Home Emotional music How Aaron Dessner found his voice (with help from Taylor Swift)

How Aaron Dessner found his voice (with help from Taylor Swift)



COLUMBIA COUNTY, NY – Aaron Dessner sat down at the black upright piano in his Long Pond studio, hit the soft pedal, and played a four-note phrase that had changed his life. These were the first notes – GF E-flat F – of a music file he sent to Taylor Swift in March 2020.

Swift was a fan of Dessner’s longtime indie rock band The National, and she contacted him out of the blue as the pandemic shutdown began. “One night I was just sitting down to dinner,” Dessner recalls, “and I got a text saying,“ It’s Taylor. Would you be ready to collaborate remotely with me? “

“I was flattered and said ‘Sure’,” he continued. “She said, ‘Just send anything, even the strangest random sketch you have,’ and I sent her a folder of things I had been working on. And then a few hours later, she said. sent this song, “Cardigan”.

“Cardigan” – which went on to become a # 1 hit – began the collaboration that became Swift’s two career repositioning albums in 2020, “Folklore” and “Evermore”. The creative partnership didn’t end there: she wrote and sang “Renegade” for Dessner’s independent recording project, Big Red Machine, and provided the title for her second album, “How Long Do You Think It’s Gonna Last? , Which arrives on August 27.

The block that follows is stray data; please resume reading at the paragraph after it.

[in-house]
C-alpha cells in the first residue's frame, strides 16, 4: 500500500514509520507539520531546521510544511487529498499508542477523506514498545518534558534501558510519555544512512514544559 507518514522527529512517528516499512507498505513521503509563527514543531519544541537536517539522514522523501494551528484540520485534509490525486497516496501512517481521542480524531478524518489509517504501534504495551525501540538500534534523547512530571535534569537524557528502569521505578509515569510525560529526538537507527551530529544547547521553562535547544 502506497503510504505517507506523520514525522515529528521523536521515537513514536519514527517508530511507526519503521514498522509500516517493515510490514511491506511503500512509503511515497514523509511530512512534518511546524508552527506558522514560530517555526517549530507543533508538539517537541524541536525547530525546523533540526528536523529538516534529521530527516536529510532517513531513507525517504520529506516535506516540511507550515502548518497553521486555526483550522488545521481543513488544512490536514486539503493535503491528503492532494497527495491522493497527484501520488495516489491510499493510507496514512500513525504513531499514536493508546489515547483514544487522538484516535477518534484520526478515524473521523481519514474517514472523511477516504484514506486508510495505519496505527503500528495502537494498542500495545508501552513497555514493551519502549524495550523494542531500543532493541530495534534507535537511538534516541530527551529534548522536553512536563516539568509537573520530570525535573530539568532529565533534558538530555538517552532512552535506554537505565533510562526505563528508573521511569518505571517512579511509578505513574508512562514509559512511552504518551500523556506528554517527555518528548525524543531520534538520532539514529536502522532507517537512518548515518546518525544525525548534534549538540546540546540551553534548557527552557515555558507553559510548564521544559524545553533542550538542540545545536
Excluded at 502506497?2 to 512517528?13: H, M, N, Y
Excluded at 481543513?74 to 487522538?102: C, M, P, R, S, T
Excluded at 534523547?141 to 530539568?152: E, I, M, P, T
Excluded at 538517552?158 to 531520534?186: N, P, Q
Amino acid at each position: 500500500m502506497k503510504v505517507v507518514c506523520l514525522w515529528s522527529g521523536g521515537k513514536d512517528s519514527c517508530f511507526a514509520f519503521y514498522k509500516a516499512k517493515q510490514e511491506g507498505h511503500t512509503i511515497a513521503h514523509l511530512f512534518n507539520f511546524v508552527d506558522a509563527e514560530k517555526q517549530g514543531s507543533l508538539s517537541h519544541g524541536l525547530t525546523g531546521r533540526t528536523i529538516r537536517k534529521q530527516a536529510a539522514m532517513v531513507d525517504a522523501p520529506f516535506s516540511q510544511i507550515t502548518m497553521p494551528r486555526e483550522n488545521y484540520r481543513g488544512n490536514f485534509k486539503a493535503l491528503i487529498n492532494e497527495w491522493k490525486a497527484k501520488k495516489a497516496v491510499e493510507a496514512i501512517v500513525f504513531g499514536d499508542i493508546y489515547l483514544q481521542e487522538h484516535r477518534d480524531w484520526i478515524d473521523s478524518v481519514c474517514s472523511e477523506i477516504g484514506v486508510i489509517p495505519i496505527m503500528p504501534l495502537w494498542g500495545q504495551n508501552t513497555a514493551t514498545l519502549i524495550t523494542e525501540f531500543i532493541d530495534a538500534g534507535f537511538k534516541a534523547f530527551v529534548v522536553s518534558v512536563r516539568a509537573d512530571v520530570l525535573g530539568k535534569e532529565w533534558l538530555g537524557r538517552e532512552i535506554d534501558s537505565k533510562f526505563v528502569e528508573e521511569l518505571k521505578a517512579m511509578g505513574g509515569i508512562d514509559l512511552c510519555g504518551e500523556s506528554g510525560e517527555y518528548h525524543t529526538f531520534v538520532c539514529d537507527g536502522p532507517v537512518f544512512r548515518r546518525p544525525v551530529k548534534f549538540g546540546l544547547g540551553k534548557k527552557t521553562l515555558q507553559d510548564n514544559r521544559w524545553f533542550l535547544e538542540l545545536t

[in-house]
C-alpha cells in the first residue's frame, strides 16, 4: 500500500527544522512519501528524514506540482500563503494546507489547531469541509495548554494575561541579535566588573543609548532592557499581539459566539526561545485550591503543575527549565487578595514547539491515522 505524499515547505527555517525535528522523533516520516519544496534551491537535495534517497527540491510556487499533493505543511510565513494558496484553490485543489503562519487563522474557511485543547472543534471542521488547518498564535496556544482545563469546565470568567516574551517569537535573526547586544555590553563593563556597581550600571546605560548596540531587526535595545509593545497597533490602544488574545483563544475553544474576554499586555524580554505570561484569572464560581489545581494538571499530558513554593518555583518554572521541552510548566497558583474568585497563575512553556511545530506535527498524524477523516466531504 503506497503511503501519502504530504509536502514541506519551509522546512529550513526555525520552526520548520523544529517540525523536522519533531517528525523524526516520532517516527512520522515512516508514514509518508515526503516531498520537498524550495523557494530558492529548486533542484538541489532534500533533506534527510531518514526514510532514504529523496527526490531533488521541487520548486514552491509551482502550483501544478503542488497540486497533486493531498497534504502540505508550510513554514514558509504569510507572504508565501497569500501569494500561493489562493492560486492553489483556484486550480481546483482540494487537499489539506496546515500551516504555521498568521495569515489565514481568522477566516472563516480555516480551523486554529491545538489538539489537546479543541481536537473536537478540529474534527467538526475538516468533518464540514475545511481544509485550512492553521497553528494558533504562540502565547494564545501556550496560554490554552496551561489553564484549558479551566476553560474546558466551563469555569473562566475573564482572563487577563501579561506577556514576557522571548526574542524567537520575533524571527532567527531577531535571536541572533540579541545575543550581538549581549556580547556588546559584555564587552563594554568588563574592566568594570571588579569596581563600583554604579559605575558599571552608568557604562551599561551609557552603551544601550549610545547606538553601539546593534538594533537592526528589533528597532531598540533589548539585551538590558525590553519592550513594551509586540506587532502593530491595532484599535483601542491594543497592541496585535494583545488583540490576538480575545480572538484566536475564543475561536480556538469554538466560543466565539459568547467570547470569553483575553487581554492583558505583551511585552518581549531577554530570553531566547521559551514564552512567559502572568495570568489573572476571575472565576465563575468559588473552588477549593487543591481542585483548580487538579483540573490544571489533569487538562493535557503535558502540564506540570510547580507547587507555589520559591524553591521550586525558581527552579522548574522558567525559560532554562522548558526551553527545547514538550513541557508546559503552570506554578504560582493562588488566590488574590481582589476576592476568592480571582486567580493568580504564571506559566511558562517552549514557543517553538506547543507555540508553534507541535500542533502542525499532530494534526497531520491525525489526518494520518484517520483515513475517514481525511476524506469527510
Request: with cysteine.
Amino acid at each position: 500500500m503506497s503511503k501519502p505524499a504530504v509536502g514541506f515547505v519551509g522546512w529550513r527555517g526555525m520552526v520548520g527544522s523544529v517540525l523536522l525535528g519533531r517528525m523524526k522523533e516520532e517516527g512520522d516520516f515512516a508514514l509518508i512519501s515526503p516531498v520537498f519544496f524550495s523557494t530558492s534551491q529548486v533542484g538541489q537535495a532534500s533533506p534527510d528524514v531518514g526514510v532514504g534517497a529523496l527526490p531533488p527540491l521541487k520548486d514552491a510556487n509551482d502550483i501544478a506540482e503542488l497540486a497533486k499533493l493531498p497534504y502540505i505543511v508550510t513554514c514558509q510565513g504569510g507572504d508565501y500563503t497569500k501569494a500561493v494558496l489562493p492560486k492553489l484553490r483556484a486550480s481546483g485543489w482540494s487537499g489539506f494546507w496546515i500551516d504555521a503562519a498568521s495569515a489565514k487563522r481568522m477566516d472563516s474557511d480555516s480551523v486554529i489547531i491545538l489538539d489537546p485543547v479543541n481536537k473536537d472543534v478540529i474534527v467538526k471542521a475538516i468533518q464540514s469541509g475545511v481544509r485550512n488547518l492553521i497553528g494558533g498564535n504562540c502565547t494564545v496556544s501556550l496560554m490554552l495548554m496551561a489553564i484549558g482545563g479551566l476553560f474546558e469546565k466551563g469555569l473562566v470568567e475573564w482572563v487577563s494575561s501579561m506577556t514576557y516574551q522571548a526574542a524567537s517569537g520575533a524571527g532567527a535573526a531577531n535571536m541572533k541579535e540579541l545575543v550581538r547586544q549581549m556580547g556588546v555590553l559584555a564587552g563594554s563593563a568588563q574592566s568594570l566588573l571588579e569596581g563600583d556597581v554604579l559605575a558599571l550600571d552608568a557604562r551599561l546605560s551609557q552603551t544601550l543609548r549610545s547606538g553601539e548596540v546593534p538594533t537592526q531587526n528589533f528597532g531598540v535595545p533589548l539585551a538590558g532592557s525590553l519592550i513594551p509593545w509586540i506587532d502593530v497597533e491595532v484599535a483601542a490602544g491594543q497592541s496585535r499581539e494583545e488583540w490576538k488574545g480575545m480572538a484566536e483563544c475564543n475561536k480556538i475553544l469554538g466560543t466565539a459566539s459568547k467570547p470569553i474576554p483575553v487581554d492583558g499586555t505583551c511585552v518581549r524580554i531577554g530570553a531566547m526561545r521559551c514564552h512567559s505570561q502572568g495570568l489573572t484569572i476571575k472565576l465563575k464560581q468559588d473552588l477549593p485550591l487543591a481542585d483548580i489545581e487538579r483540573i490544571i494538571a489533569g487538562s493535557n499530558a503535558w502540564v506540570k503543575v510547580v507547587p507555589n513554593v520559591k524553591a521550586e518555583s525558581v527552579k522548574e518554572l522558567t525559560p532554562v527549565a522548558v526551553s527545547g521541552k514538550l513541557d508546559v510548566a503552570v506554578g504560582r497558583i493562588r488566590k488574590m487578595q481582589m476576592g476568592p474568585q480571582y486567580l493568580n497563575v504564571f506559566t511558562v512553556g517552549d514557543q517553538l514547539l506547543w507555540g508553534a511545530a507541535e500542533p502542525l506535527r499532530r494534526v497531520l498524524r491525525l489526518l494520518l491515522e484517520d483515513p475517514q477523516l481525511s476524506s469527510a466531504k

“We talked a lot about, how come we did so many songs together in such a short time? Dessner, 45, said in a conversation on his lawn, overlooking the pond. “It’s a bit abnormal and it’s hard to maintain. You have this streak, but you don’t know when the ideas, the inspiration, or the spark will die out.

For Swift, Dessner’s music unlocked new ideas. “The quality that really baffled me about Aaron’s instrumental tracks was that for me they were immediately, intensely visual,” Swift wrote in an email. “As soon as I heard the first one, I understood why he called them ‘sketches’. The first time I heard the song “Cardigan,” I saw high heels on cobblestones. I knew it had to be about communication issues in teens and the loss of what could have been.

She added: “I have always been very curious about people with synesthesia, who see colors or shapes when they hear music. The closest thing I have ever experienced is seeing an entire story or scene unfold in my head when I hear Aaron Dessner’s instrumental tracks.